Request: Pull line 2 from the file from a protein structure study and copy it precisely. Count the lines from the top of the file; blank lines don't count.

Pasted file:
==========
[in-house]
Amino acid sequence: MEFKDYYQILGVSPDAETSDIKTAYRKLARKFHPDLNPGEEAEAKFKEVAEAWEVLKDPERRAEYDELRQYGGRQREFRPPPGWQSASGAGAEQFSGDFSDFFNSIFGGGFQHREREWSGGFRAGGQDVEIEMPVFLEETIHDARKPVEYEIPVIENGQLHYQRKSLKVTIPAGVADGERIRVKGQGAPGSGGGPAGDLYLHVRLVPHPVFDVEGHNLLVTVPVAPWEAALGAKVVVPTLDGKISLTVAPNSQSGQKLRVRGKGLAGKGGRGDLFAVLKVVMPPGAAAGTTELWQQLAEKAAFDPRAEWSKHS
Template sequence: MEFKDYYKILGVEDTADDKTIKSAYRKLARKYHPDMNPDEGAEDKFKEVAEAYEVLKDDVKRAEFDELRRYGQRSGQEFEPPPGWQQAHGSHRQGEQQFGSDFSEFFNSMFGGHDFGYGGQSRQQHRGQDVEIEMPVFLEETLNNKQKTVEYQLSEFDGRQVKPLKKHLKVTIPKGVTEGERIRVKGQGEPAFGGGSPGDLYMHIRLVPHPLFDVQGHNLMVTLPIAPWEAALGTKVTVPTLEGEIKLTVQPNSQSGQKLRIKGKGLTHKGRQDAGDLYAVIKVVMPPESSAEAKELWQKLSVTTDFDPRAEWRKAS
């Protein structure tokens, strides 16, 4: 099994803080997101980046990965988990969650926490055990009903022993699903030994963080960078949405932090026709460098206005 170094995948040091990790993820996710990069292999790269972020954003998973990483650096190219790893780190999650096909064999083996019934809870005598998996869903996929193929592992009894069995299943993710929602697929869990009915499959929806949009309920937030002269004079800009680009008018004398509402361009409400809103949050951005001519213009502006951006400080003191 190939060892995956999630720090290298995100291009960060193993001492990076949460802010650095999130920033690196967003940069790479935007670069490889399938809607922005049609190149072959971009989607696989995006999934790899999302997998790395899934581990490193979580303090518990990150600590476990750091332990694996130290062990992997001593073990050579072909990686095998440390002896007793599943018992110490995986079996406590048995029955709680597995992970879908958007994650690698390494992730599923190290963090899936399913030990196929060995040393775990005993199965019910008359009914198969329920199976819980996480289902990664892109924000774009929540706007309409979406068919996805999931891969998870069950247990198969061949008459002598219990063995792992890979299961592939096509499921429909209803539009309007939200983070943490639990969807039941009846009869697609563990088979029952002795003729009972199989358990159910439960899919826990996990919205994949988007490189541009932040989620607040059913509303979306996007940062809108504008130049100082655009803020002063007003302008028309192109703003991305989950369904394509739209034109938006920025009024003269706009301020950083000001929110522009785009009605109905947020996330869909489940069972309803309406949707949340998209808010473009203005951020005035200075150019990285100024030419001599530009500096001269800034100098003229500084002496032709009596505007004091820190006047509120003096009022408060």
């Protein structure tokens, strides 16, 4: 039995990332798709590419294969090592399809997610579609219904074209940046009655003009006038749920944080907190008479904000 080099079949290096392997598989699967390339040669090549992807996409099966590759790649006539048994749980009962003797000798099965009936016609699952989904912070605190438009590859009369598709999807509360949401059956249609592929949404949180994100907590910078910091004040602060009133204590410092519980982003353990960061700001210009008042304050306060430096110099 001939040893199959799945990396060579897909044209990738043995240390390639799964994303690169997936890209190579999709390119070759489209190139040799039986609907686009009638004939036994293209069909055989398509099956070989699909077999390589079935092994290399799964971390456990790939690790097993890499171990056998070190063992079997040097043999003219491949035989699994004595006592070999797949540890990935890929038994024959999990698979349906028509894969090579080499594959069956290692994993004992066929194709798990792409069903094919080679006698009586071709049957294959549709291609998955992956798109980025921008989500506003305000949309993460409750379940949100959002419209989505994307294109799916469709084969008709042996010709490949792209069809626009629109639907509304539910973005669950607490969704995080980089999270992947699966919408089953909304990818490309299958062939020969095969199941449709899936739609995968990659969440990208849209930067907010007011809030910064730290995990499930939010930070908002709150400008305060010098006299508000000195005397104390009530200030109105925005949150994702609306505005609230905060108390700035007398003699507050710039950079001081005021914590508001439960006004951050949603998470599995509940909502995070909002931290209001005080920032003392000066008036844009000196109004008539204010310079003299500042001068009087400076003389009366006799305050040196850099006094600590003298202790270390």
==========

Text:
Amino acid sequence: MEFKDYYQILGVSPDAETSDIKTAYRKLARKFHPDLNPGEEAEAKFKEVAEAWEVLKDPERRAEYDELRQYGGRQREFRPPPGWQSASGAGAEQFSGDFSDFFNSIFGGGFQHREREWSGGFRAGGQDVEIEMPVFLEETIHDARKPVEYEIPVIENGQLHYQRKSLKVTIPAGVADGERIRVKGQGAPGSGGGPAGDLYLHVRLVPHPVFDVEGHNLLVTVPVAPWEAALGAKVVVPTLDGKISLTVAPNSQSGQKLRVRGKGLAGKGGRGDLFAVLKVVMPPGAAAGTTELWQQLAEKAAFDPRAEWSKHS